Turning attention to reaching our hotel, we then headed back to town and parked near the train station.  Thank goodness we had prepacked smaller luggage for that evening’s one-night stay. We took a short walk from the parking deck to the train station where we caught a 30-minute scenic ride to Wengen.


About Wengen, it is situated on a gently sloping plateau or bluff about half-way to the top of the mountain ski area known as Männlichen. From Wengen one must take a gondola the remainder of the way to the top.  That, or hike a strenuous 3,500 vertical feet over a matter of several miles. More about Männlichen later.

Once off the train in the town of Wengen, we bounced our roller luggage behind us as we strolled the main street towards our hotel. Our stay was near the Evangelical Reformed Church which location offers one of the best views of the valley below. Note that the photo at the top of the page was taken from this viewpoint.

Warmed by the summer winds flowing northward off the Mediterranean Sea, the building skies ebbed and flowed with the continual passing of clouds and sun. Making it to the hotel, where, upon being cordially greeted, we were shown to our fifth-floor room. We had our own little balcony where the cool breeze and warming sun added much relaxation to this once in a lifetime experience. It was great!  What an escape from the summer heat we had left back in North Carolina!  The entire morning had been spent in the car and now, being about 2 pm, we decided to take a well-deserved nap before heading up to the top from which point we planned to hike back down by way of Klein Scheidegg.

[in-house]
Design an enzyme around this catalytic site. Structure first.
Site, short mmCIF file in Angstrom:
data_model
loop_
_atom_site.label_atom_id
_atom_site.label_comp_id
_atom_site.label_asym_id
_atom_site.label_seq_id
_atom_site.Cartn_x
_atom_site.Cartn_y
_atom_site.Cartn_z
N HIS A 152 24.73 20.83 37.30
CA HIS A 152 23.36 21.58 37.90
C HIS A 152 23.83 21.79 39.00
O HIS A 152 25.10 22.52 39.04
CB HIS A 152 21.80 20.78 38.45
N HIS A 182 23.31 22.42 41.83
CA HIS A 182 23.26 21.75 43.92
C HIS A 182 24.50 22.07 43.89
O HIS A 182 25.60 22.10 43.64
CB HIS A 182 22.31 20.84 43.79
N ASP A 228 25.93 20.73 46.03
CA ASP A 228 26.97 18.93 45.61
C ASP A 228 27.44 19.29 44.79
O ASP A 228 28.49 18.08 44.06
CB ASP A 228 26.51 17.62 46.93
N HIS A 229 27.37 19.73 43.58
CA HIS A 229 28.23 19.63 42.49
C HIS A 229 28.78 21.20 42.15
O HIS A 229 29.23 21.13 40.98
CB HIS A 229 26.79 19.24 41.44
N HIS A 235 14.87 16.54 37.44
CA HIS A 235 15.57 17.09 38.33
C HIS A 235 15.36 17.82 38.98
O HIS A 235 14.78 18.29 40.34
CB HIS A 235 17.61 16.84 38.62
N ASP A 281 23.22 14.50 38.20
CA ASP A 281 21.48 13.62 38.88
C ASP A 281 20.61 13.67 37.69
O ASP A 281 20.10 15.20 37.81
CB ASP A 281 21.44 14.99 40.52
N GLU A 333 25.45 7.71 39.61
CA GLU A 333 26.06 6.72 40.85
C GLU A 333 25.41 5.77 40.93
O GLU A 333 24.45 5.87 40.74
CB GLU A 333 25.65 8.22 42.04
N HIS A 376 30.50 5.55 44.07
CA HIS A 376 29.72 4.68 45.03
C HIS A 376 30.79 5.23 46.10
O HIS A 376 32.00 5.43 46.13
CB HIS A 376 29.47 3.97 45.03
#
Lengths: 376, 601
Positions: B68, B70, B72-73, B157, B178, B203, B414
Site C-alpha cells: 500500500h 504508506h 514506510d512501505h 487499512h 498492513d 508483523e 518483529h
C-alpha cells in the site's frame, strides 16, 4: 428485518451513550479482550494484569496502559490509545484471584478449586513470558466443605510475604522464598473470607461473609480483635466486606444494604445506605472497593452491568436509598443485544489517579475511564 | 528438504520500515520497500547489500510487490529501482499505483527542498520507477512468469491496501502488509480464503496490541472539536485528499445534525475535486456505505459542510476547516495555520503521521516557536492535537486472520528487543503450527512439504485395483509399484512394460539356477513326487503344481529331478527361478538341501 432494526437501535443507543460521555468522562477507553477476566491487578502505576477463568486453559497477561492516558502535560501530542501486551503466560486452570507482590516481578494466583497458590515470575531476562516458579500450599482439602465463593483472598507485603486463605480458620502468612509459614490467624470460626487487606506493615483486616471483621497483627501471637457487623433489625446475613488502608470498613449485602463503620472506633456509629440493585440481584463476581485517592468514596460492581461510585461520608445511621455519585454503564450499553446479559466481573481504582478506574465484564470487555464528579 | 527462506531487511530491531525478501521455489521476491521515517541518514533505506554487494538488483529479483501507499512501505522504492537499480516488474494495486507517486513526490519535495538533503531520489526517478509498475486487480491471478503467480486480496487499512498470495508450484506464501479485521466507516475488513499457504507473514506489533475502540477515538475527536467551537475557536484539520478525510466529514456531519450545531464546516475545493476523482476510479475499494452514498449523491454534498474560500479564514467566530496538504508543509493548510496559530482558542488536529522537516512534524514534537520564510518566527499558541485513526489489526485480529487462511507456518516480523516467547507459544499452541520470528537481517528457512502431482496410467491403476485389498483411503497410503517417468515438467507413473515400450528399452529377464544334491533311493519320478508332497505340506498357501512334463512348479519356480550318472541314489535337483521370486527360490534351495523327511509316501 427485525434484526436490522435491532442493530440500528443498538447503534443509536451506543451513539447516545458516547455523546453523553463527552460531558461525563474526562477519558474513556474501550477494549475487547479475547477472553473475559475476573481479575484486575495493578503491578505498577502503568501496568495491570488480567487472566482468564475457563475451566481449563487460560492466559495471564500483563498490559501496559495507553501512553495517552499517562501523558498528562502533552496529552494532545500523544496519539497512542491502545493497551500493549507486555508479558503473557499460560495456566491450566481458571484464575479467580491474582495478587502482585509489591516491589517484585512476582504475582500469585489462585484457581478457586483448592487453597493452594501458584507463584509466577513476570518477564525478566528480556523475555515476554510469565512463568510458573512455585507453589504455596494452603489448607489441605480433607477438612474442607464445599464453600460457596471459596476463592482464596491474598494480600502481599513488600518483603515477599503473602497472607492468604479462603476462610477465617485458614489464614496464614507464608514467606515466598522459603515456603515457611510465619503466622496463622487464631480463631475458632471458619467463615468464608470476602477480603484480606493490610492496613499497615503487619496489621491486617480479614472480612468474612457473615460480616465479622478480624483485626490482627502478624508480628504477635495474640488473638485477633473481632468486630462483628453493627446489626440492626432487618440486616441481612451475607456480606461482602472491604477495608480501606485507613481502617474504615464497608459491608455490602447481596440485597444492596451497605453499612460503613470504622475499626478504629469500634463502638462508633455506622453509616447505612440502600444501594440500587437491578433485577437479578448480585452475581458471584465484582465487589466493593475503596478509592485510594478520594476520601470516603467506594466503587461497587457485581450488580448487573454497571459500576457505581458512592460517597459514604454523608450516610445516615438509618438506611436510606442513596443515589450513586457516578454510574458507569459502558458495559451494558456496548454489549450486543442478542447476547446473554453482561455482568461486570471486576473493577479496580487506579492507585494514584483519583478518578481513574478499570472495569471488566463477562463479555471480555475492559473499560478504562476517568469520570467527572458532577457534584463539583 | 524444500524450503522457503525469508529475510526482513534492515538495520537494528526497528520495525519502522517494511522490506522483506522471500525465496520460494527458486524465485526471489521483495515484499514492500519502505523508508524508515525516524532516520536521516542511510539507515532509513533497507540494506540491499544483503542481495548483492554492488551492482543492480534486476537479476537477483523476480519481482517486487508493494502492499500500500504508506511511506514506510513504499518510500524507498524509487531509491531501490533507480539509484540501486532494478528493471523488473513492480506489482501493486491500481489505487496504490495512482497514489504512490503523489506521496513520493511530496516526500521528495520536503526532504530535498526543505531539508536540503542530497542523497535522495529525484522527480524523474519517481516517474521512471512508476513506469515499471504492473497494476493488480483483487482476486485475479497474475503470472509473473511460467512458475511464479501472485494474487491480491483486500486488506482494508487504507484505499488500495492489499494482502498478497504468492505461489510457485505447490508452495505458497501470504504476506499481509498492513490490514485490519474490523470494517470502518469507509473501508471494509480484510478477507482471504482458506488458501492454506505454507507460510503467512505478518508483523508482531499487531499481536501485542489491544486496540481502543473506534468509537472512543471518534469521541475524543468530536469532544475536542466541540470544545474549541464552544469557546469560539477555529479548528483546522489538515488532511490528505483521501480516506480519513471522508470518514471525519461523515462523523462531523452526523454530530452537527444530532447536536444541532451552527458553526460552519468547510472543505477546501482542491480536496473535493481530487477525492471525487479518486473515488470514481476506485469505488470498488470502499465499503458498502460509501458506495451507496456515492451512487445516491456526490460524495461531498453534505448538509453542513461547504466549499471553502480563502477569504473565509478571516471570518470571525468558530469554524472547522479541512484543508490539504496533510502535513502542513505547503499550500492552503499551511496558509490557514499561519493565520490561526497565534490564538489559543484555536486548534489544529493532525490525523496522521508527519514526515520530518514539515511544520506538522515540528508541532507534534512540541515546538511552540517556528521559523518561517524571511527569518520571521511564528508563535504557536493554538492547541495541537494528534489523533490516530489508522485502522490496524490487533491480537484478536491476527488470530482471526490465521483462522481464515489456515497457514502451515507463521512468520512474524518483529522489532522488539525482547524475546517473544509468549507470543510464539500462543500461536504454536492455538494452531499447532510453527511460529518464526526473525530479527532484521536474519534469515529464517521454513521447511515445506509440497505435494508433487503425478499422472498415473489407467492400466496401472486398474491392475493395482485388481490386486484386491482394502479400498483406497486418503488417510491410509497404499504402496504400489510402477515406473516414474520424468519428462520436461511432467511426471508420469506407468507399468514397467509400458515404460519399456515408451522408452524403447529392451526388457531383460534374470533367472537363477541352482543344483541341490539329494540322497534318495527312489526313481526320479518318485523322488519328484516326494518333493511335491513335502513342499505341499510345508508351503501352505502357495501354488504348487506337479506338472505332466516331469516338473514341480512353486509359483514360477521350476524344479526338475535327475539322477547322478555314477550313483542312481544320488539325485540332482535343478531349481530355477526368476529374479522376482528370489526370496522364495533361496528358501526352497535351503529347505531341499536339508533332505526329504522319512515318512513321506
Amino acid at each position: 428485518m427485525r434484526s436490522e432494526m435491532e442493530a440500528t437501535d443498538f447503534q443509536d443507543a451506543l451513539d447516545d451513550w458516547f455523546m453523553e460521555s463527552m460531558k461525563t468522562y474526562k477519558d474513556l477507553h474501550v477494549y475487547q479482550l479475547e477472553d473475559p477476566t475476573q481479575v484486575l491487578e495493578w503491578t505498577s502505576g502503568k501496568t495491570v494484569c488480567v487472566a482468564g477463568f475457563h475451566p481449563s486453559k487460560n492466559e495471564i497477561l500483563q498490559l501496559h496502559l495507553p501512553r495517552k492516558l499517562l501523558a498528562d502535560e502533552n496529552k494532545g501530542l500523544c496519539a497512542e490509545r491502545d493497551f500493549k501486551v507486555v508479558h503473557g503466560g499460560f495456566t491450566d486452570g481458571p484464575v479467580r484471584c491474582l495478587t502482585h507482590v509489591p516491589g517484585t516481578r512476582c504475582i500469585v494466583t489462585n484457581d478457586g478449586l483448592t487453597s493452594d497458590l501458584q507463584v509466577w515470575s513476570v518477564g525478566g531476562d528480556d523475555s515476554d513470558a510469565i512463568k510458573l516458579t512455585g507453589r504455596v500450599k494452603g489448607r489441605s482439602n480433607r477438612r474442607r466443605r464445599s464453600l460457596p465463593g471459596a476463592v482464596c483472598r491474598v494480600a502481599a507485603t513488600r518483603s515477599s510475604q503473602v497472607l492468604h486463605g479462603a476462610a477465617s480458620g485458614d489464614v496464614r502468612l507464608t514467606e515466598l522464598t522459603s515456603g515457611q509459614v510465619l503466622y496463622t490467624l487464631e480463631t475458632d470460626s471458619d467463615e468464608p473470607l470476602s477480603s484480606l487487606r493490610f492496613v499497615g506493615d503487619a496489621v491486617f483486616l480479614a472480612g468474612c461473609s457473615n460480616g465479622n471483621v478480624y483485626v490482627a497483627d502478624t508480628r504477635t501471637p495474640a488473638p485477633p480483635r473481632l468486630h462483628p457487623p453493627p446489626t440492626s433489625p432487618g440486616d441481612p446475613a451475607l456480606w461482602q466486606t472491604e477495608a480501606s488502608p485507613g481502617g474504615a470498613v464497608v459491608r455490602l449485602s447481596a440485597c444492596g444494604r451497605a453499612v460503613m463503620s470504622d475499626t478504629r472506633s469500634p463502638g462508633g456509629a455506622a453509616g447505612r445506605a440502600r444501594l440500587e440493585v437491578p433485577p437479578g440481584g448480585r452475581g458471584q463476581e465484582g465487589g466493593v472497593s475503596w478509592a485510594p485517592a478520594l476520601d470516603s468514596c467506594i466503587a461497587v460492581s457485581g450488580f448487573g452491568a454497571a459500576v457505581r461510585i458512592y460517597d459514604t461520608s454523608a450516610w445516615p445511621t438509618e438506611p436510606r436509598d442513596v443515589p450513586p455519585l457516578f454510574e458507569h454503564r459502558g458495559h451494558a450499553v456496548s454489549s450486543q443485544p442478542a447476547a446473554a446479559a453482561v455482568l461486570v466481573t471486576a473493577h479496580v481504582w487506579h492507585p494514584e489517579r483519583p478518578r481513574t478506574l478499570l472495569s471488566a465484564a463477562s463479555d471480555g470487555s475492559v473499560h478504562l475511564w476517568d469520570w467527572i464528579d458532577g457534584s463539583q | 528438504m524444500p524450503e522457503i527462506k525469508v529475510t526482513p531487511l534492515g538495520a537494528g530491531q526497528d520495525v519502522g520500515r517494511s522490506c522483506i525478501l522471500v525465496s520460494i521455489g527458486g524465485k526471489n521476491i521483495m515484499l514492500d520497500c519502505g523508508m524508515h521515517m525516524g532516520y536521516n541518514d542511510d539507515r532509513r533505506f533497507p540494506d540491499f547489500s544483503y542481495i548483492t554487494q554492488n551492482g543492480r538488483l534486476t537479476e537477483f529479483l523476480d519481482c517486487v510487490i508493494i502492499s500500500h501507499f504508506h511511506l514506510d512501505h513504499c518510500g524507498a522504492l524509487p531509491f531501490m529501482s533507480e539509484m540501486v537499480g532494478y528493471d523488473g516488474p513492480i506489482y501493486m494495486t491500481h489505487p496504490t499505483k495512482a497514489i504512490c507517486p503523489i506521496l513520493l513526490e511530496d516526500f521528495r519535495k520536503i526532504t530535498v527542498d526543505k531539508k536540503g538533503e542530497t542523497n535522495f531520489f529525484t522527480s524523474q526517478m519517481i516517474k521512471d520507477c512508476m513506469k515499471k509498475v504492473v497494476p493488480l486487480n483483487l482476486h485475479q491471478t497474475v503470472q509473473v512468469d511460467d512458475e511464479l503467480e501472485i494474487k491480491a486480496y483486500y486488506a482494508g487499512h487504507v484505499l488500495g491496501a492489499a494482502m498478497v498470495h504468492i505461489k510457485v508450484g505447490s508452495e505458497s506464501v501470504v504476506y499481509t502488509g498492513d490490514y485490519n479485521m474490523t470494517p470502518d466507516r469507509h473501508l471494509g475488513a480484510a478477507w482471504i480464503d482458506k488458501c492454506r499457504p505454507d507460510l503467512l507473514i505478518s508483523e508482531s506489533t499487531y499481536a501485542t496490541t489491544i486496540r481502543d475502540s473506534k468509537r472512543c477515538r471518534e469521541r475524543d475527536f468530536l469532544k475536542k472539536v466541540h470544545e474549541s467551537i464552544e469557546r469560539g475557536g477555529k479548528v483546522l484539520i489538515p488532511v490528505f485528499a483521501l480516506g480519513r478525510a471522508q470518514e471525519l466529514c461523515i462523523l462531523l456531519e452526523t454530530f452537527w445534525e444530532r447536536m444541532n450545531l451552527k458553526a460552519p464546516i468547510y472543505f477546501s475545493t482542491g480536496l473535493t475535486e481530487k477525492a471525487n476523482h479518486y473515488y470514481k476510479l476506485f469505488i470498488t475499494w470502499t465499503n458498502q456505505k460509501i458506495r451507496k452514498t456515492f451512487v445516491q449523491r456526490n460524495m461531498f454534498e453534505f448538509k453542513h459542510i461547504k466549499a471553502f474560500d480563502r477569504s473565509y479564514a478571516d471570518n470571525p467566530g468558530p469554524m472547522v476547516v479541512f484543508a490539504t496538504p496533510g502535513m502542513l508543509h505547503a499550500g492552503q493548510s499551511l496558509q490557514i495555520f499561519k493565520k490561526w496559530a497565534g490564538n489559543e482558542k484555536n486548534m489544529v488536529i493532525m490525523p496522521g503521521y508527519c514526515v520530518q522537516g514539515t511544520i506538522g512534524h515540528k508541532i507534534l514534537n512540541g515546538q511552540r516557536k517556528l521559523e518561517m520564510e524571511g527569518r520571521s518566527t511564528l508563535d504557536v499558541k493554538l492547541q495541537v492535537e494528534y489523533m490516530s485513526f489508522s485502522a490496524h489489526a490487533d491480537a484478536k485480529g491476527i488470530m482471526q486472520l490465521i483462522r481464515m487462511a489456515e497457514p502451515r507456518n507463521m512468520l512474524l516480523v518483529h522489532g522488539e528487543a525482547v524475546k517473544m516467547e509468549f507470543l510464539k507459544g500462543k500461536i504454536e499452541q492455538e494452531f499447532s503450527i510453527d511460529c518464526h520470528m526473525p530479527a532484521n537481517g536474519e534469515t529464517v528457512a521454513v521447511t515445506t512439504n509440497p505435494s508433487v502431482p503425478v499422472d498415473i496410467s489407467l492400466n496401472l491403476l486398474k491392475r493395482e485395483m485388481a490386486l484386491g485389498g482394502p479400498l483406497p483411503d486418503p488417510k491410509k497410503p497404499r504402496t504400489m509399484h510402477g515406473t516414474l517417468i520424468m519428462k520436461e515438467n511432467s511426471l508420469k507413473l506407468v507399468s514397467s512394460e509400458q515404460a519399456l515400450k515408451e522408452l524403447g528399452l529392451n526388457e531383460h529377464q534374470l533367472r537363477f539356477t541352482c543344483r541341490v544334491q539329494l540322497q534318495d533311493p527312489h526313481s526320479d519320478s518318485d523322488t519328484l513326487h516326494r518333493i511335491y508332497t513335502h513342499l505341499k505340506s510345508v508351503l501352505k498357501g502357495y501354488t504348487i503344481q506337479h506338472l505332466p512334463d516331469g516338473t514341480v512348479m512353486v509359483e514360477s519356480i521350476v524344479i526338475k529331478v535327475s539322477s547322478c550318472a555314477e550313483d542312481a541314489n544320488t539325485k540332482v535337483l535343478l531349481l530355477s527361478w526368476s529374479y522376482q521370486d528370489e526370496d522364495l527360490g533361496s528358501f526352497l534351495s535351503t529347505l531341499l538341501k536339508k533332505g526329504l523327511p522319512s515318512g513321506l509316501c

View From Our Hotel Window

Awakening and at ease, upon stepping out on the balcony, I was greeted with clouds and peppering rain. My heart sunk knowing that our only sight of sun-lit mountains may now be a thing of the past. However, journeying forward and before reaching the lift station, nature again greeted us with sunshine. The second chance assurance was welcomed and made for an even greater day. And yes, there were more brief showers. Though to our delight, we would learn that the clouds and their shadows punctuated the constant change of scenery. With each passing minute nature demanded us to stop and take notice of something yet unseen. Every view was new and the clouds, sun, and rain were all part of that rhythm.

And about the gondola, our visit was in the first week of summer operations. The gondola had just opened for the season after being retrofitted with something new.  Passengers could now pay an additional five dollars to climb a stairway leading to a railed viewing platform where they could make the ride atop the car itself.  Wow, my wife and I were the only ones onboard and of course we gave it a try. We felt like Leonardo DiCaprio proclaiming King of The World in the movie Titanic! No more cagy feelings from being pinned up while forced to see the world through scratched window panes. The unobstructed view and overall experience was fabulous.


About Männlichen.  Upon reaching the lift, we learned that the trail leading to Klein Scheidegg had not yet opened.  Snowpack along a north facing wall still buried a section of the trail making it impossible to hike. At that moment it was truly a bummer though how could one complain as our being where we were was an amazing opportunity .